The house I live in is only six years old, but it was built in an area that was once, before the Reformation, monastic land. After the Dissolution, that land was sold on to private owners, of whom I'm the latest in a long line. But it did not come stringlessly. The monasteries had acquired rectorships to one or more churches, meaning that they were entitled to tithes from the church's parishioners, but also that they were liable to keep the chancel of the church in good repair. (Why just the chancel? I've no idea.) When the land was sold, those rights and liabilities were sold with it.
The right to tithes has long since ceased, but the liability to repair chancels continues, and will do so in perpetuity (or until some future government decides otherwise). In practice, churches seldom call on hapless householders to repair their chancels, but it does happen, and can be ruinously expensive. For this reason, most people (me included) take out a once-and-for-all insurance against that contingency when they buy the property. From memory, it cost me about £120, which seems quite a lot now, but against the background of the many apparently arbitrary sums large and small that one gets stuck with in the course of buying a house, appeared trifling at the time.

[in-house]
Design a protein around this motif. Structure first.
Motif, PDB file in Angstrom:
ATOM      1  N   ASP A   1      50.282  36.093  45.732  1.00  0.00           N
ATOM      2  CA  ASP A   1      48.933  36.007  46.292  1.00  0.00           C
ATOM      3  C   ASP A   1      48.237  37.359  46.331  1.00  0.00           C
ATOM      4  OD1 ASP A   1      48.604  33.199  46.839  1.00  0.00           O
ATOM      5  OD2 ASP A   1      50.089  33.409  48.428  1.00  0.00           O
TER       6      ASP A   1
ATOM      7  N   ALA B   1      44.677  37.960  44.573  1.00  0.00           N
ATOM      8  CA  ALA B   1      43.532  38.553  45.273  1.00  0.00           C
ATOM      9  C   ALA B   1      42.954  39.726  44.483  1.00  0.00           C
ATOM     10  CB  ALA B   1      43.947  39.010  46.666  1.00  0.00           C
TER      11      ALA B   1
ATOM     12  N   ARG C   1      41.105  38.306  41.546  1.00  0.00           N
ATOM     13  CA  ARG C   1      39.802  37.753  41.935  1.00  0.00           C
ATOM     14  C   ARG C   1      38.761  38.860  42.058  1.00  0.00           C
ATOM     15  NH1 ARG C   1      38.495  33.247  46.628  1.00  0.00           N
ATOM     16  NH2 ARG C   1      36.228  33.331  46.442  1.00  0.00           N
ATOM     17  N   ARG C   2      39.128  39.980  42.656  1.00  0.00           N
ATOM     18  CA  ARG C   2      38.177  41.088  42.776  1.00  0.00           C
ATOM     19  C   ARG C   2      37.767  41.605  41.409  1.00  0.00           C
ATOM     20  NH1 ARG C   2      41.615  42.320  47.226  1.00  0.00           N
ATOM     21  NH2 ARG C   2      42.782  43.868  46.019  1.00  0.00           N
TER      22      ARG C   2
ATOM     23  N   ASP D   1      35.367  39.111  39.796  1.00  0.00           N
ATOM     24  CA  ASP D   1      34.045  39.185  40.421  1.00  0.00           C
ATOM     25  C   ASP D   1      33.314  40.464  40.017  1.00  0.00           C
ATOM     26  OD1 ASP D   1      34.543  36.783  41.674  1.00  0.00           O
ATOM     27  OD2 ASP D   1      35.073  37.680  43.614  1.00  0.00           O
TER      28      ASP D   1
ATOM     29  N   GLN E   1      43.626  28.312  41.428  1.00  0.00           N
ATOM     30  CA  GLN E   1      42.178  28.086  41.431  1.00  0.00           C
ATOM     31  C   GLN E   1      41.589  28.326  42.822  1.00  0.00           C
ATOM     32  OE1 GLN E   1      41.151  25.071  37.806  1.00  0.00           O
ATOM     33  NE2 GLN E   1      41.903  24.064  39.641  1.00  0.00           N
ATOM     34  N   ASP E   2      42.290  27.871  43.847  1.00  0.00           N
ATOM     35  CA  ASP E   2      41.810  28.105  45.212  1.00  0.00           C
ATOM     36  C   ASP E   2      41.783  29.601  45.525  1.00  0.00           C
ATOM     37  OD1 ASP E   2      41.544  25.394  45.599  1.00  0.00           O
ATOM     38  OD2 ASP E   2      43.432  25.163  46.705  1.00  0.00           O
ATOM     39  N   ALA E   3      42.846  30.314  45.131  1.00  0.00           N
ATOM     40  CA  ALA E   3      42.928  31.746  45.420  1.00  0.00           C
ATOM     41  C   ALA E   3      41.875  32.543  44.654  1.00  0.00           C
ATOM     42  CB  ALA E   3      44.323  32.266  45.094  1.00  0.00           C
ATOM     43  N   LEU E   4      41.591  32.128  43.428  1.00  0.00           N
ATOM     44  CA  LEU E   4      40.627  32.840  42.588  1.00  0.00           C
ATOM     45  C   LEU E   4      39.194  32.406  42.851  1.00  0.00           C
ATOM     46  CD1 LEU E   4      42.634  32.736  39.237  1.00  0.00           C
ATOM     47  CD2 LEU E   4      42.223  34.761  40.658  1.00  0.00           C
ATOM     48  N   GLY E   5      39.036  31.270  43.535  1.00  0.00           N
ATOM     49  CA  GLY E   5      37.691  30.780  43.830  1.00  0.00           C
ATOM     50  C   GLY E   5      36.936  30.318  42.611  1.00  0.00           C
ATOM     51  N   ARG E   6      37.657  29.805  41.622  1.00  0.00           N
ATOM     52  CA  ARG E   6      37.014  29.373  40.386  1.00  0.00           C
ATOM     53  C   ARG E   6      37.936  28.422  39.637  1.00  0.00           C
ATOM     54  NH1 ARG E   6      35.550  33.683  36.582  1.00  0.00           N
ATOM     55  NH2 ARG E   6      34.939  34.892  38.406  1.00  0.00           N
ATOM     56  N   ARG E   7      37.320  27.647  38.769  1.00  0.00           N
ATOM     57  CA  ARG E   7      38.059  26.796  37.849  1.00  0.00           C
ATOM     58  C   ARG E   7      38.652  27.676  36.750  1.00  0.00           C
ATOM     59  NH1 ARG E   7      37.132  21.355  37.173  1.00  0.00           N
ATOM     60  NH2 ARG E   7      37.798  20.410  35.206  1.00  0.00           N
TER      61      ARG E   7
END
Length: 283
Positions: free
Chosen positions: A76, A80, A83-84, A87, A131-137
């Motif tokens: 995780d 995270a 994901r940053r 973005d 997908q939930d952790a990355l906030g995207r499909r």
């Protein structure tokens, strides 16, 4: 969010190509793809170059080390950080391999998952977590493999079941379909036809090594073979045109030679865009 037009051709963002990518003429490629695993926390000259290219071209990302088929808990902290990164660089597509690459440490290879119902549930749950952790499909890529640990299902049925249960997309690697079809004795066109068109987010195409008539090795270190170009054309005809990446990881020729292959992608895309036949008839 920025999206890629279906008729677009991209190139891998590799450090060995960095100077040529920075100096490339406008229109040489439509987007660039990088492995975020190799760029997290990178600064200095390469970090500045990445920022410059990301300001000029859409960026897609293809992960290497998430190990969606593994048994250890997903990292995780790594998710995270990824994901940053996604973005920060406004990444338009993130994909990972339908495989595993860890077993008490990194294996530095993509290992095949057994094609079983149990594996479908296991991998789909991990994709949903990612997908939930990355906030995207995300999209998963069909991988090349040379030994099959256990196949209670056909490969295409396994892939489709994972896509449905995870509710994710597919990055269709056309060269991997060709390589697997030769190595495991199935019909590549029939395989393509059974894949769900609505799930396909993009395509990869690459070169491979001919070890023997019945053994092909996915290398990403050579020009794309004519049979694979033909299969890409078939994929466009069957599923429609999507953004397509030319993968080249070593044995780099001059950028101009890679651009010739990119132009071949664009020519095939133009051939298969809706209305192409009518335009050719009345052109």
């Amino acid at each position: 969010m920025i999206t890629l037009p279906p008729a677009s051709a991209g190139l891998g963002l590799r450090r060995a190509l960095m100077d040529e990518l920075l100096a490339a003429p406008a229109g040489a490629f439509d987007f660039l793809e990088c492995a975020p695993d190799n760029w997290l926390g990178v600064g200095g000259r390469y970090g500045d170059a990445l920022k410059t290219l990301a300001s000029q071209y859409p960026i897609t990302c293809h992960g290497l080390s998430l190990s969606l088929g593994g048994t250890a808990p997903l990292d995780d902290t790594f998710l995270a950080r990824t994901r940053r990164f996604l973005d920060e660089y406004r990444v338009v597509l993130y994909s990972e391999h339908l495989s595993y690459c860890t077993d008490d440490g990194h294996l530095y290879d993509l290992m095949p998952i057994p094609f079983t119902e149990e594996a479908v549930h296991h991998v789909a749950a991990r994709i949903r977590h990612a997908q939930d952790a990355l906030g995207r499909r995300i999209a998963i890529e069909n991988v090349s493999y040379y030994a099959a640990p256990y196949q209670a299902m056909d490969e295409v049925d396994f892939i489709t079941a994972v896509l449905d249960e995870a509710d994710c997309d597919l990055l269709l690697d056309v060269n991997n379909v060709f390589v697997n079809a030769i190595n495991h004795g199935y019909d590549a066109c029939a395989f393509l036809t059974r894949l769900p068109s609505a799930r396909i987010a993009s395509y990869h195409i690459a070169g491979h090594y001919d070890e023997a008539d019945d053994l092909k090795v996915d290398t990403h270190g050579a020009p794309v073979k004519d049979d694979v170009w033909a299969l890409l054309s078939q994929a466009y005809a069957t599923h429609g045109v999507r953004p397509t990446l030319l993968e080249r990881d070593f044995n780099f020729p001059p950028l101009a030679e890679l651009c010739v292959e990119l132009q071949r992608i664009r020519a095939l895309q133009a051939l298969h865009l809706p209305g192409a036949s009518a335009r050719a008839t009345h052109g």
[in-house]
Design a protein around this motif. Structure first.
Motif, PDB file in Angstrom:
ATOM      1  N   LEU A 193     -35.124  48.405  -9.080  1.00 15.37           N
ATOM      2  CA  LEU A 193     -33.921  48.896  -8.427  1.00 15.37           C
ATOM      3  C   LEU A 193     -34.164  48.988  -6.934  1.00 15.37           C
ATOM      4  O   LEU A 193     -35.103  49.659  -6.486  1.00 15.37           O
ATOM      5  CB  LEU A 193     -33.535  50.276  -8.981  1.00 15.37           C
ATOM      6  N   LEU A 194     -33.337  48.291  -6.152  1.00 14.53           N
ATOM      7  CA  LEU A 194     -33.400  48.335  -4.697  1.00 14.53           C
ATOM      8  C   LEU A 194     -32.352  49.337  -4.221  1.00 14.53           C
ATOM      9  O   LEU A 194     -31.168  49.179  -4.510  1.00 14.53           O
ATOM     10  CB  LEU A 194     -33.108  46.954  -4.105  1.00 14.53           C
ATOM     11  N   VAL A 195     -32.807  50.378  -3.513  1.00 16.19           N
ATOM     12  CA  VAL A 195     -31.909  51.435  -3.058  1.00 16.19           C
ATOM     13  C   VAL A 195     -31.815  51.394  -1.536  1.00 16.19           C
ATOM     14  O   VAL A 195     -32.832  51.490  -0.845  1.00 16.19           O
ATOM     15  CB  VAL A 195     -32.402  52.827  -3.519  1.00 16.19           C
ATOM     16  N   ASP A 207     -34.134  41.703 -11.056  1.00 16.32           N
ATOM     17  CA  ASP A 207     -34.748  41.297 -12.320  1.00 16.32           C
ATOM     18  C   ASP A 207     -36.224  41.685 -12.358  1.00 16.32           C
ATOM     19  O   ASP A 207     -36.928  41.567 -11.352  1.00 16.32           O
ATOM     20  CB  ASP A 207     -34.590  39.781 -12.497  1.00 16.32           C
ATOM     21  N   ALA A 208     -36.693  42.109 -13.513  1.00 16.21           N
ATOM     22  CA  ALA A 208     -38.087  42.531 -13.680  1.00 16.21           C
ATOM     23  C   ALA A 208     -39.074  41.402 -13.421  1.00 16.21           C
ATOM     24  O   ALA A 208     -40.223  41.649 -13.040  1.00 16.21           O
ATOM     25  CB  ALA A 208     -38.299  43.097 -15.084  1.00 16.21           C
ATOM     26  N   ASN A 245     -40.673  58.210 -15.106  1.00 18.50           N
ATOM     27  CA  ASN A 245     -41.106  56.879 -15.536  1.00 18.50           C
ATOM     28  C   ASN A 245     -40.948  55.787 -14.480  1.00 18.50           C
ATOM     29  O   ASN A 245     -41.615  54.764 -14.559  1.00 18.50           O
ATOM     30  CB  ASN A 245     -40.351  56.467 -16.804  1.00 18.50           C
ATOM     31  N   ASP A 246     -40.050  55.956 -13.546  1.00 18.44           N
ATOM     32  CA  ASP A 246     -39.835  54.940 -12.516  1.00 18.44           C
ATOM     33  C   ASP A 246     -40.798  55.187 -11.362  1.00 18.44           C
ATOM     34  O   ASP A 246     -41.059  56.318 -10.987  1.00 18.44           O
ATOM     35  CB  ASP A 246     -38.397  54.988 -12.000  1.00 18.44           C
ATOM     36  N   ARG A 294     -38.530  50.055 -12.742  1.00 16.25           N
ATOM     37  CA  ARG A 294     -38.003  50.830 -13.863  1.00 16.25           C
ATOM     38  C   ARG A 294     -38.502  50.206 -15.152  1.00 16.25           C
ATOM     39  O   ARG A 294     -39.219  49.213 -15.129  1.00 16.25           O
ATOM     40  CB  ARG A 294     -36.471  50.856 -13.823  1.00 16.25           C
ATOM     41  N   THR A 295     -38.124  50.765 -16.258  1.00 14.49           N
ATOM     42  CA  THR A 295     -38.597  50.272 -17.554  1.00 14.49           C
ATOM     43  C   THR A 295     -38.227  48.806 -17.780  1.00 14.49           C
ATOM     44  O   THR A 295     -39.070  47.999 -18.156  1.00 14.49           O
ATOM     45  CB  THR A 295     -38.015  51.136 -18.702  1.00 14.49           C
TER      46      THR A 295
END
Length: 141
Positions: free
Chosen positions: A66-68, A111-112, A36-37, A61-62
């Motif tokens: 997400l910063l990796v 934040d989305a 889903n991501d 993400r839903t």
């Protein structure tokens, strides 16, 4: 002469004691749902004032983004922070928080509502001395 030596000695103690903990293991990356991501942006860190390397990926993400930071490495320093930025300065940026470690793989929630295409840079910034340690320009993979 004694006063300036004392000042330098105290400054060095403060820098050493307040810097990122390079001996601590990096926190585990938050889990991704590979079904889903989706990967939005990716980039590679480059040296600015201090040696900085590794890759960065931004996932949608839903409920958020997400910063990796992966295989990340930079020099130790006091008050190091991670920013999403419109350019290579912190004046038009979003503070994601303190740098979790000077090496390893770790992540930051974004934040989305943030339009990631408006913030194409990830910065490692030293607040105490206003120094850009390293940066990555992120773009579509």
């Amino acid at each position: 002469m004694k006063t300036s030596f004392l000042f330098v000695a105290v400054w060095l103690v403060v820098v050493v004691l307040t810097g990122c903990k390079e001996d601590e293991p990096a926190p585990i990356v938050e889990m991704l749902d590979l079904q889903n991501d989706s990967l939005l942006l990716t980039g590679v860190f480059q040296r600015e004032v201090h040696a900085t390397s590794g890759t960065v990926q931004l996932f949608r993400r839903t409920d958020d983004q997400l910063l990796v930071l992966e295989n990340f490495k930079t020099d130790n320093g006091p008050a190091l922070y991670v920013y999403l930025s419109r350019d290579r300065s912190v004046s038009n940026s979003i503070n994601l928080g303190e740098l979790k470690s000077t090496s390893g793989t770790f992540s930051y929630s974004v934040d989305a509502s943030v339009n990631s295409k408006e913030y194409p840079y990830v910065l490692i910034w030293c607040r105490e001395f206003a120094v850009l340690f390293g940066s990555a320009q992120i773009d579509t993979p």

Still, it tickles me to think that I'm a rector (even if a lay one). I didn't choose the role - which means I suppose that it must be a vocation - but I'd like to make the most of it now I've got it. What can I do with this title? Will it get me a better seat in a restaurant? Can I administer extreme unction to small mammals? What are the possibilities?
- Speaking as a Rector...